Thursday, June 30, 2011

Star Trek: Voyager--"Cold Fire"

“Cold Fire” offers Kes a chance to play Luke Skywalker learning the ways of the force when the crew encounters a colony of Ocampa protected by another Caretaker. It is a poorly kept secret the discovery of a second Caretaker is in response to VOY’s lackluster ratings. It is meant to be an easy out for the ship to return to the Alpha Quadrant should the series not survive. But VOY limps along another five years, so Caretaker II never makes another appearance.

I have mixed emotions about “Cold Fire.” It is an entertaining episode overall. It explores Kes’ powers in greater detail. It introduces a good Villain in Tanis, a megalomaniacal Ocampa. The episode explores the negative impact Voyager has had on the Delta Quadrant in stark contrast to previous claims history cannot be rewritten because theie impact on the quadrant is now a necessary part of it development. But in spite of these good points, the episode does so many dumb things there is a counter balance to every high point.

When the episode begins, Tuvok is working with Kes to hone her mental abilities. He teaches her to reach out to the minds of the crew and read their thoughts, which she does. Geez, what a great invasion of privacy the security officer is encouraging Kes to do. Neither demonstrates any qualms about secretly invading people’s minds, either. Good to know how far took is willing to go in order to maintain safety.

Later in sickbay, the remains of the Caretaker, which they kept for some weird reason, begin to light up and shake. According to some Torres t is an indication another Caretaker is nearby. It leads them to a new array which serves as a home for a colony of Ocampa. These Ocampa are lead by Tanis, a fourteen year old Ocampa with extraordinary mental abilities and an extreme Ocampa supremacist attitude he relays to Kes every chance he gets. Naïve Kes takes shows no apprehension about it until she has to physically confront him in the climax.

Tanis is played wonderfully by Gary Graham, the actor who will go on to play Soval in ENT. Quite a few readers may be more interested in his regular contributions to the conservative website Big Hollywood.. Graham has played villainous characters before, but not quite like Tanis. He is over the top, but not hammy. He is exactly what you would expect from a villain who is tapping into a source of near unlimited power which makes him feel far above other ’minor” life forms.

Tanis is reluctant to cooperate with Voyager. Janeway’s reputation precedes her. Tanis tells her she is feared across the quadrant because of the Caretaker’s death, the continuing war with the Kazon, and their taking resources from planets without any permission or approval. The thing is, he is right. They have not only done all these things, but are secretly preparing a weapon to stun Caretaker II if it tries to overpower them like before. The issue is glossed over, however, because Tanis and Caretaker II are angry over the one thing the crew did not do--murdered Caretaker. He died of old age. So rather than explore the crew’s actions in fighting the Kazon or taking resources in the name of survival, the conflict in “Cold Fire” puts the crew squarely in the right because they are victims of a false accusation. It is a cop out.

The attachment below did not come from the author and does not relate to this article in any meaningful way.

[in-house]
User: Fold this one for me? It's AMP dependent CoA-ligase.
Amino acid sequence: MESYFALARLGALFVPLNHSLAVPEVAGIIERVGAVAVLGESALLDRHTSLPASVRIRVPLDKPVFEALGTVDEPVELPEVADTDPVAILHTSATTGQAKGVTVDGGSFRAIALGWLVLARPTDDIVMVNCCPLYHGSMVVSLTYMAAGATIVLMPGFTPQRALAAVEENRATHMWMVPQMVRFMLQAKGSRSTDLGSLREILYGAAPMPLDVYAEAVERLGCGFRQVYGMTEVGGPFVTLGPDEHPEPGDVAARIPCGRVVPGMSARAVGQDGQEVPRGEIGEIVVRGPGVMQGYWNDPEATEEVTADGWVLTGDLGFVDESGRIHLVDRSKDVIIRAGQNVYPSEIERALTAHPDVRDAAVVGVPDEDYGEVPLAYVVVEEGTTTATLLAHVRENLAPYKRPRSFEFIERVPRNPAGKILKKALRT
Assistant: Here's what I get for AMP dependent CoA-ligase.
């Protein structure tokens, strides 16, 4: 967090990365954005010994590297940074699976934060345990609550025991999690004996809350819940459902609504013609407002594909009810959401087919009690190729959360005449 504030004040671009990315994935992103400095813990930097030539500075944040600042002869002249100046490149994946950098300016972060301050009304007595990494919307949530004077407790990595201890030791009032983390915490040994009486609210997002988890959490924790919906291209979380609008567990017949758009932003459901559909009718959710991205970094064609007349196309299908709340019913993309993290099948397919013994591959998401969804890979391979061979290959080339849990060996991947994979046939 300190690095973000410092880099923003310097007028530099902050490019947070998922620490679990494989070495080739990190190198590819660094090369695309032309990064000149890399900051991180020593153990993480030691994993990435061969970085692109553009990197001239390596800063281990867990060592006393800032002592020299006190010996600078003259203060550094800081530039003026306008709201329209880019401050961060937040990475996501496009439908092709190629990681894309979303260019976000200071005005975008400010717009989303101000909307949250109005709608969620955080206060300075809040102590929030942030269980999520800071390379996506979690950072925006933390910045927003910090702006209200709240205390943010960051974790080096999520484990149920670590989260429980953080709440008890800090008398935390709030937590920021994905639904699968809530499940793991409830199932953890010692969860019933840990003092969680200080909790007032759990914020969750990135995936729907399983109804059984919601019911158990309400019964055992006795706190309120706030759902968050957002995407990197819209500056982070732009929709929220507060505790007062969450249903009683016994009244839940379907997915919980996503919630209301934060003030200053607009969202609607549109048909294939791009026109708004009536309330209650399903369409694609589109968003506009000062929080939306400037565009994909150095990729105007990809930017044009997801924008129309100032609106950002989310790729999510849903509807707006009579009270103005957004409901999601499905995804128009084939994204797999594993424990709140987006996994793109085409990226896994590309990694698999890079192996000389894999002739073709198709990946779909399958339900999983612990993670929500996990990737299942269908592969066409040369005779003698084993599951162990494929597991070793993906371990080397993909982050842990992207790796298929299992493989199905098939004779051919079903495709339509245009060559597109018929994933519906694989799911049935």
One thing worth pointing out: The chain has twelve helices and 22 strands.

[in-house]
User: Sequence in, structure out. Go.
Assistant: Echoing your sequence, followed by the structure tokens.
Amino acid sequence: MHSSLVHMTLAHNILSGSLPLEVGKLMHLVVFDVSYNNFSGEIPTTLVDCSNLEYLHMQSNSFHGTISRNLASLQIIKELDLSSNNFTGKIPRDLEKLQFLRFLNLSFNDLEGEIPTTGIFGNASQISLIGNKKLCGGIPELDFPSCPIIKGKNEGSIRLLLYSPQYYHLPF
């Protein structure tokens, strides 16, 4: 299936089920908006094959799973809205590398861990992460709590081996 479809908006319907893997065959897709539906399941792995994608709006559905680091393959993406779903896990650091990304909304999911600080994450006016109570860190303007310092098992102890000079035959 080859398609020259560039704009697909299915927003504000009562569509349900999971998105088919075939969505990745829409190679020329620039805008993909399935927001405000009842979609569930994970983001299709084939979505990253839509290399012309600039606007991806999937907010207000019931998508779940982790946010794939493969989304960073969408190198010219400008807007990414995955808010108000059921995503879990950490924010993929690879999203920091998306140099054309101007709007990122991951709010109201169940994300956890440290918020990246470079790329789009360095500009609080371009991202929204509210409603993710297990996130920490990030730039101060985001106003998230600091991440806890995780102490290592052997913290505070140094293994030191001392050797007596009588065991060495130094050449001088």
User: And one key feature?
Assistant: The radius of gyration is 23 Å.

The bonding of Kes and Tanis has its own issues. There is an amusing undertone of Kes as Luke Skywalker and Tanis as Obi Wan Kennobi in the beginning, but slowly morphing into Darth Vader as he helps her tap into the more sinister possibilities of using her powers. I am even willing to concede her naïve tolerance of Tanis’ contempt for humans is a result of her thrill of utilizing powers she has never before experienced. But there isa big flaw in the teaching progression. Why does Tanis teach her the telekinetic ability to move a tea cup and the ability to summon fire in the same lesson? Arguably, it is to tempt her with more, but she nearly cooks Tuvok’s head with it. Still, no one gets any negative vibes from Tanis. What does it take to get through to these people?

Caretaker II shows up in the form of Ben Savage’s little sister from Boy Meets World. We quickly degenerate from Star Wars to Carrie as she tortures the crew in revenge for allegedly murdering the other Caretaker. Janeway is able to use the weapon they have been developing to stop her, so even the fact they were secretly planning to violently subdue the Caretaker Ii if necessary turns out to be the right thing to do. Presumably, so id fighting the Kazon and stealing resources by default. See, Tanis? You could not be more wrong. Caretaker Ii and Tanis flee never to be seen again after being defeated by Janeway and Kes respectively. The Magic Reset Button is pressed, too, as Kes can no longer use telekinesis or summon fire.

In spite of its flaws, “Cold Fire” is one of the best episodes thus far. If for no other reason, it is because of the potential empowering of Kes and the prospect of Tanis as a more interesting recurring villain than Seska. Alas, the former is wasted and the latter never materializes. This is a serious problem with VOY. Every opportunity to make the show more interesting is dropped immediately in favor of technobabble and the absolute assurance federation philosophy is morally infallible. As a result, “Cold Fire” is about as good as it gets when the regular writing team attempts to further the series arc.

Rating: *** (out of 5)

No comments:

Post a Comment